The major issue with this info-graphic is that it makes uniformitarian assumptions about the regulations regarding bouncers. It is important to remember that Smith's study only pertains to statistics gathered from hospitals in Ohio and are self reporting. Meaning, that the patient admits to the doctor that they were in a bouncer when injured which may not necessarily be the truth.
Another major issue is that it draws correlation between a study done in 1995 and the recent one done in 2012. Since bouncers have been gaining in popularity over the past 20 years so it can be reasonably assumed that the number o injuries would go up.
The last issue we would like to raise is the 1500% increase in injuries is a grossly overblown statistic. Look at it this way if the initial sum of x's is equal to 1 and the sum (sigma) of the second set of numbers is lets say 11. That would be a 1000% percent increase. So showing a percentage increase may not necessarily be representing the numbers correctly.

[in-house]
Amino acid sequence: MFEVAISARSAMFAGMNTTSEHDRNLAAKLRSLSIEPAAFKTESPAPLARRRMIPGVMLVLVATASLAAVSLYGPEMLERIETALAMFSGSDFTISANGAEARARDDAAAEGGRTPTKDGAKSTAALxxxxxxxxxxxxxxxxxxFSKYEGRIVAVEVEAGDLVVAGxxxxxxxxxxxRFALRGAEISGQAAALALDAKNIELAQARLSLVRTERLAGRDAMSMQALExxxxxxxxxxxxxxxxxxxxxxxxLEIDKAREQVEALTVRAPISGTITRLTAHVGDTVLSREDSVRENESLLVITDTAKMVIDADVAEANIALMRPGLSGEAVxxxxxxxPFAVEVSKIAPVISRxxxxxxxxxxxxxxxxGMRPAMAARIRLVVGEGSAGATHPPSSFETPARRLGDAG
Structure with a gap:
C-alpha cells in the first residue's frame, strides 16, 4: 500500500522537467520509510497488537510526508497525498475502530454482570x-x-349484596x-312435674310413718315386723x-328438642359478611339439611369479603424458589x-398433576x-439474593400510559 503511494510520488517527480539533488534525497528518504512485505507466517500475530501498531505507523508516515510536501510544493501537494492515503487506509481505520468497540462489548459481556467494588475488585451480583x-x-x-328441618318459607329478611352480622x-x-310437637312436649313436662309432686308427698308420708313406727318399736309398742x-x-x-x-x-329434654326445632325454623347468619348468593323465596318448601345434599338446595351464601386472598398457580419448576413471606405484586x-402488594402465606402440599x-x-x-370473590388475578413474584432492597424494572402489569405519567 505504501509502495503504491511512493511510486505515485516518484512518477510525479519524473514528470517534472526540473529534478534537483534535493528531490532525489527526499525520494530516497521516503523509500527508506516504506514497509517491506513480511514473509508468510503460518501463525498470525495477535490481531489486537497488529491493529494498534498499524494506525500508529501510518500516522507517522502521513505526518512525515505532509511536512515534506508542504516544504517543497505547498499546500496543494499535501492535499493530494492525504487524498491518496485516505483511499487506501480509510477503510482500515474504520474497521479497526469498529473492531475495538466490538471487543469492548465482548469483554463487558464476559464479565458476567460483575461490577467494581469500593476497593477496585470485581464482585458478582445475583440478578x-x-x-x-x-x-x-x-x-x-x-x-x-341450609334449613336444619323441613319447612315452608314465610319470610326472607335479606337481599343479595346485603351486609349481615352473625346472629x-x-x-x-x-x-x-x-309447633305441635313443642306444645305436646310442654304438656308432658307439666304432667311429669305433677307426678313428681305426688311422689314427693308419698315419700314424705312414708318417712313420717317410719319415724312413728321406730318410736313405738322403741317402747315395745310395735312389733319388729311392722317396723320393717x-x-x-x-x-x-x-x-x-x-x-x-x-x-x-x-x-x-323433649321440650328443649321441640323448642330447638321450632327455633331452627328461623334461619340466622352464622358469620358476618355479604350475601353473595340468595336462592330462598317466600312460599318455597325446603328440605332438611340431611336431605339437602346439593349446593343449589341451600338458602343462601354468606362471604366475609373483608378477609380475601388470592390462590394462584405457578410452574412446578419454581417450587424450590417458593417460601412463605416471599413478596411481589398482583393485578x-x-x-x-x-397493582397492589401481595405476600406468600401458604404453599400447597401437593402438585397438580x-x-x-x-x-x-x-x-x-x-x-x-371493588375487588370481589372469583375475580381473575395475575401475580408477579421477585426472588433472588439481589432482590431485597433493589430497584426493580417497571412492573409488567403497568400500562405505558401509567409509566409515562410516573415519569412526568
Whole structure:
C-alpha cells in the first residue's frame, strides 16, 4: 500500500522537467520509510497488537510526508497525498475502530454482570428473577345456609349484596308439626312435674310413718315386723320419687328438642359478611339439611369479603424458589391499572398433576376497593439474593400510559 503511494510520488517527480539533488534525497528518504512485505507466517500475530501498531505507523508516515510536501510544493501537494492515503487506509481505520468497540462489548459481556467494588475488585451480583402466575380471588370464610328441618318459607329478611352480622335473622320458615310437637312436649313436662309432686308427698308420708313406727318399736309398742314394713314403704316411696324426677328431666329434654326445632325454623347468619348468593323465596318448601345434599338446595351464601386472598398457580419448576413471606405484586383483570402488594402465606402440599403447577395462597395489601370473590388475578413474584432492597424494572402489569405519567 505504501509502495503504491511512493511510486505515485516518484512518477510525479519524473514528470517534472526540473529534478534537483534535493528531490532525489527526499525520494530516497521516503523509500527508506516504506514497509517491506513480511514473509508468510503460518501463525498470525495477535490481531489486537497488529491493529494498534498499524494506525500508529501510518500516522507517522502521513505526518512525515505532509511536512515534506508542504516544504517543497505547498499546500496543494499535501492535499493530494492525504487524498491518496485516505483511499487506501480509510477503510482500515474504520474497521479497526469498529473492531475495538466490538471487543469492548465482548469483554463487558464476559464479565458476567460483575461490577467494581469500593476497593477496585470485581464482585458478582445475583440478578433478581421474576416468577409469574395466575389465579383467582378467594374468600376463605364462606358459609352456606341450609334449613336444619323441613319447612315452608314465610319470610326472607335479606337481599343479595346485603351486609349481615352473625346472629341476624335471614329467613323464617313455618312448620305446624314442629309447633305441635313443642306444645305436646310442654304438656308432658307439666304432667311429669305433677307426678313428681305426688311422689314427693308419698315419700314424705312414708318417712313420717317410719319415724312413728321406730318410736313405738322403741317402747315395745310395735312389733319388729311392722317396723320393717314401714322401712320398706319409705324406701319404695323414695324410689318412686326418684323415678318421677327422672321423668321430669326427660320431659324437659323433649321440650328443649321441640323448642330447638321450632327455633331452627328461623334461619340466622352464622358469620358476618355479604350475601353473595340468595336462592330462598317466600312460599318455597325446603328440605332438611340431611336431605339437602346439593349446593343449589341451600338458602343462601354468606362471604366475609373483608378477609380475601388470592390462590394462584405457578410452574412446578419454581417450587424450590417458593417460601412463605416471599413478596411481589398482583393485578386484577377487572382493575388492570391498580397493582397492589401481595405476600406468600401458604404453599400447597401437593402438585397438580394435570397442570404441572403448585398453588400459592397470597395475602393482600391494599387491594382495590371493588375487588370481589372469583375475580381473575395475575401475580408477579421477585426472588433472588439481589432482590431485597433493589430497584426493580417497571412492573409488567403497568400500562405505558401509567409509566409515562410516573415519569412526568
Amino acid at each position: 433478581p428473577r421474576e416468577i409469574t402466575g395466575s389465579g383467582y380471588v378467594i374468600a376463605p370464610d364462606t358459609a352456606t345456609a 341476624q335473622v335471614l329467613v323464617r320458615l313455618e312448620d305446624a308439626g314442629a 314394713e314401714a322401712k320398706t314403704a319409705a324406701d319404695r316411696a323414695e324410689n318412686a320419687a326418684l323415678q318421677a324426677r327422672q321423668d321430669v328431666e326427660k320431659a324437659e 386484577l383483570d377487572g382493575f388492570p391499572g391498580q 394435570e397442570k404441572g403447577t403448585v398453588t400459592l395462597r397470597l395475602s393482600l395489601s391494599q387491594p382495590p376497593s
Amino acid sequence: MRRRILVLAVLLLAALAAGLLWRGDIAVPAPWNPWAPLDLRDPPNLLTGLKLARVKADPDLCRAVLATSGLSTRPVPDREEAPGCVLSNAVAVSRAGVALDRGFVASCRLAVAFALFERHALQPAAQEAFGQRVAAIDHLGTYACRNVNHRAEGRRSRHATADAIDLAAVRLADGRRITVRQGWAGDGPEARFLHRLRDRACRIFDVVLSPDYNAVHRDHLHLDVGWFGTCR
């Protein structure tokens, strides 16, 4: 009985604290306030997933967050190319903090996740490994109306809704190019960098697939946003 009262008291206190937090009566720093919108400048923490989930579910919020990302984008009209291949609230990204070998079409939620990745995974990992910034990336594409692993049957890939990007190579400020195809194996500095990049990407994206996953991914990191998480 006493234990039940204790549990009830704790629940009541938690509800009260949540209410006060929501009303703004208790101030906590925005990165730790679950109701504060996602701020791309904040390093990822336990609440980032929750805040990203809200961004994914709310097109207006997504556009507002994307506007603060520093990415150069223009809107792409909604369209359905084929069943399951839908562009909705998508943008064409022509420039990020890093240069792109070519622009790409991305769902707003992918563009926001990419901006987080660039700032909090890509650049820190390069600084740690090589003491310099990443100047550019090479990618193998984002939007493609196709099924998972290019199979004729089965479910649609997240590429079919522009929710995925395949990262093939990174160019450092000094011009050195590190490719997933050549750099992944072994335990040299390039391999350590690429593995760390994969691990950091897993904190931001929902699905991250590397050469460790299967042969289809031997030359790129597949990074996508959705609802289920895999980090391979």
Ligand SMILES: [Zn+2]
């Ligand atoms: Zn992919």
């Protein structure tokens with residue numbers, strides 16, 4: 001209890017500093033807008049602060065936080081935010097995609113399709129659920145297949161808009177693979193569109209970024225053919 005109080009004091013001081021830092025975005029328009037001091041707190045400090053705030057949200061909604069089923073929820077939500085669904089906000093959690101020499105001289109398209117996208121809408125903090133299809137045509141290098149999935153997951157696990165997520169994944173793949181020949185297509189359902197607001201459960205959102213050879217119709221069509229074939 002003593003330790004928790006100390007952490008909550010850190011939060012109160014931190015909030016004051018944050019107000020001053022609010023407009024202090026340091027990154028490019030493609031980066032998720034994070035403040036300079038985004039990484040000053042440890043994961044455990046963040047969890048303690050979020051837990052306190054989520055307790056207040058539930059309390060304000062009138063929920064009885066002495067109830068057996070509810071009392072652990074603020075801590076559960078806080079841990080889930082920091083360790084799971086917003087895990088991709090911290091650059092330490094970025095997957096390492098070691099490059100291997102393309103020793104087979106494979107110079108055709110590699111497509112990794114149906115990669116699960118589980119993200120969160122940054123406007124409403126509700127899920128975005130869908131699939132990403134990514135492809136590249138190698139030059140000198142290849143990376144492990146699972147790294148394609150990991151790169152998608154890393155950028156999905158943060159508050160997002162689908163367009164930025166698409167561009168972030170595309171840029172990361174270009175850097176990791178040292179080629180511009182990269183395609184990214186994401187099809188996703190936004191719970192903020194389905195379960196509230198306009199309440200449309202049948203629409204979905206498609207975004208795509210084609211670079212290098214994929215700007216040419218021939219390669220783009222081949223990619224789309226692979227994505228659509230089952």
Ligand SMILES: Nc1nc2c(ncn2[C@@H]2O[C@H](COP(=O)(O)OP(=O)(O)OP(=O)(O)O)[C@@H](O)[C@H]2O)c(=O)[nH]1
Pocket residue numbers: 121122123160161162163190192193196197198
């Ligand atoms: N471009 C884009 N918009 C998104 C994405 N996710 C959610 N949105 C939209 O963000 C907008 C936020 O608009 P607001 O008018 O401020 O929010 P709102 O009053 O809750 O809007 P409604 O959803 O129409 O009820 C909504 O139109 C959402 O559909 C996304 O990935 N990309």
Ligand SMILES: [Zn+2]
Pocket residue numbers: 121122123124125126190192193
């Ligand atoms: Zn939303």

So, What do we do?
1. Do not use a privately produced bouncer like those found at Sam's Club, Walmart, and more. these bouncers do not come with adequate anchoring.
2. Use a professionally trained, licensed, and insured party rental company like Executive Events & Entertainment.
3. Bouncers are not babysitters. They are not meant to be setup and left alone with the kids. All children must be supervised by a trained professional at all times.
4. Don't buy into the hype. These activities are perfectly safe when everyone follows that rules. One of the major issues we have come across over the years is the parents encouraging their children to break the rules within the bouncer. We cannot even tell you how many times we have heard the terms "do a flip!' "do a somersault!" although it is clearly posted on the front of the bouncer that such activities are dangerous.